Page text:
Saving the Fish House
Ocracoke Islanders keep their fishing heritage aliveBy Leah Chester-Davis By | Photos by Leah Chester-Davis
James Barrie Gaskill was a waterman to the core. Before he unexpectedly passed away in June 2017 while tending his nets, he would spend a portion of his day hanging out at the fish house on Ocracoke Island, watching the comings and goings of commercial fishermen and fisherwomen. He was a teacher and later principal at Ocracoke School, but for much of his life he made a living on the sea.
As he watched his son, Morty, fill large containers on his skiff with ice before pushing away from the dock to head out into Pamlico Sound, James Barrie shook his head. “He has a degree, and he has come back to this,” he said with a thick Ocracoke brogue and a mixture of incredulous wonder and fatherly pride.
James Barrie knew fishing is a difficult way to make a living. He knew the long days and the isolation it took to land a catch. He also knew how the island and its fishing heritage get in your blood. It’s been handed down from generation to generation on this barrier island that dates its first settlers back to the 1700s, including a long line of Gaskills.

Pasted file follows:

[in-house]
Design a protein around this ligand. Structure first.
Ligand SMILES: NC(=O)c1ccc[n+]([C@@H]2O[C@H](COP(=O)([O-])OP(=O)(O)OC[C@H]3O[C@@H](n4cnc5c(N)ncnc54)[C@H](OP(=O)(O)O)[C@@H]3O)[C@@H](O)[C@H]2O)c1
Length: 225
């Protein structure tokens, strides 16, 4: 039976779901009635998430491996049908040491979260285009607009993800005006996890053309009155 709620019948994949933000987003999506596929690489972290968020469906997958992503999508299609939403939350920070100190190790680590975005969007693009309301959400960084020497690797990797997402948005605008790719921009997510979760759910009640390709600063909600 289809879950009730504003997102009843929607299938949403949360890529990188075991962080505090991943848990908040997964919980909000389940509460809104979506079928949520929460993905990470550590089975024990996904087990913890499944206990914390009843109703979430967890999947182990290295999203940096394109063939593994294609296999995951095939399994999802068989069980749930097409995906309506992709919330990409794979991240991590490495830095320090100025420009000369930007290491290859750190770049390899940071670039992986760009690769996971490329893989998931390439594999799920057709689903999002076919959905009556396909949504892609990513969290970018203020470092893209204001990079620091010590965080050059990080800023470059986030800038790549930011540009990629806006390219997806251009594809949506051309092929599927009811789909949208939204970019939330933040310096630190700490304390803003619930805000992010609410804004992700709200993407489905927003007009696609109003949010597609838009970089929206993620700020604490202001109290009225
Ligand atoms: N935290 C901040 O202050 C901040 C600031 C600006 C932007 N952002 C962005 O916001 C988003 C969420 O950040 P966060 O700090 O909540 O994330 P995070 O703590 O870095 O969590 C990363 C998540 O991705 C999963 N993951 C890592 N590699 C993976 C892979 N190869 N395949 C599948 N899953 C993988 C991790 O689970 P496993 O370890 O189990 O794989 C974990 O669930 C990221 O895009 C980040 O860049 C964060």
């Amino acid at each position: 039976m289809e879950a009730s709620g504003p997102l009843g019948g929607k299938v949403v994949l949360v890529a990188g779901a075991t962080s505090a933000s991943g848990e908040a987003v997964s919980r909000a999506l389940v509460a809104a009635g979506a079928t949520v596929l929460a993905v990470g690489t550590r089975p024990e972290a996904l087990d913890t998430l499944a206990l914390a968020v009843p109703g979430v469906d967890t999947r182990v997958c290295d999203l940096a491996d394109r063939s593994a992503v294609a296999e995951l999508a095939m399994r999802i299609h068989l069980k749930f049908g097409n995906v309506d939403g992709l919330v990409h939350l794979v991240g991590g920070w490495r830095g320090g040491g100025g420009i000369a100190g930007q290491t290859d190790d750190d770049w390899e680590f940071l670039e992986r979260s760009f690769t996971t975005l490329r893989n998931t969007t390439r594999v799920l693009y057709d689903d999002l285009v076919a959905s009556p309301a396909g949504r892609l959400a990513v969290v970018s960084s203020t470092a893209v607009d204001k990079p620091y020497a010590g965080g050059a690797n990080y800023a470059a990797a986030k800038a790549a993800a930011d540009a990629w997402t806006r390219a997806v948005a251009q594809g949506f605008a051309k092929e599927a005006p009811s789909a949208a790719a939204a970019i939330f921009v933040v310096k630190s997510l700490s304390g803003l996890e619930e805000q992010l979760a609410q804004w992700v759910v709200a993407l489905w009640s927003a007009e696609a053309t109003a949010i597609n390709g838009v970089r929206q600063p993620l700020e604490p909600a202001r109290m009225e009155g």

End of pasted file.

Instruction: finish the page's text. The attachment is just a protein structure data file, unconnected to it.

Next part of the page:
The Call of the Sea
Morty grew up fishing with his Dad.
“I fished every summer, weekends, breaks,” he says. “I’ve had my own boat since I was 12. It’s what paid for college.”
After earning a degree from NC State University, Morty returned to the fishing community on this small island that sits at the southern tip of the Outer Banks. It’s made up of independent people who have survival woven into their DNA thanks to centuries of living on an isolated island at the mercy of the vagaries of Mother Nature.
With no doubts about returning to the island to work as a commercial fisherman, Morty says, “I like working for myself.” He grins and adds, “That’s a diplomatic way of saying I don’t like people.” His affable personality belies that statement and he clarifies with, “I like the independence. I like being outdoors.”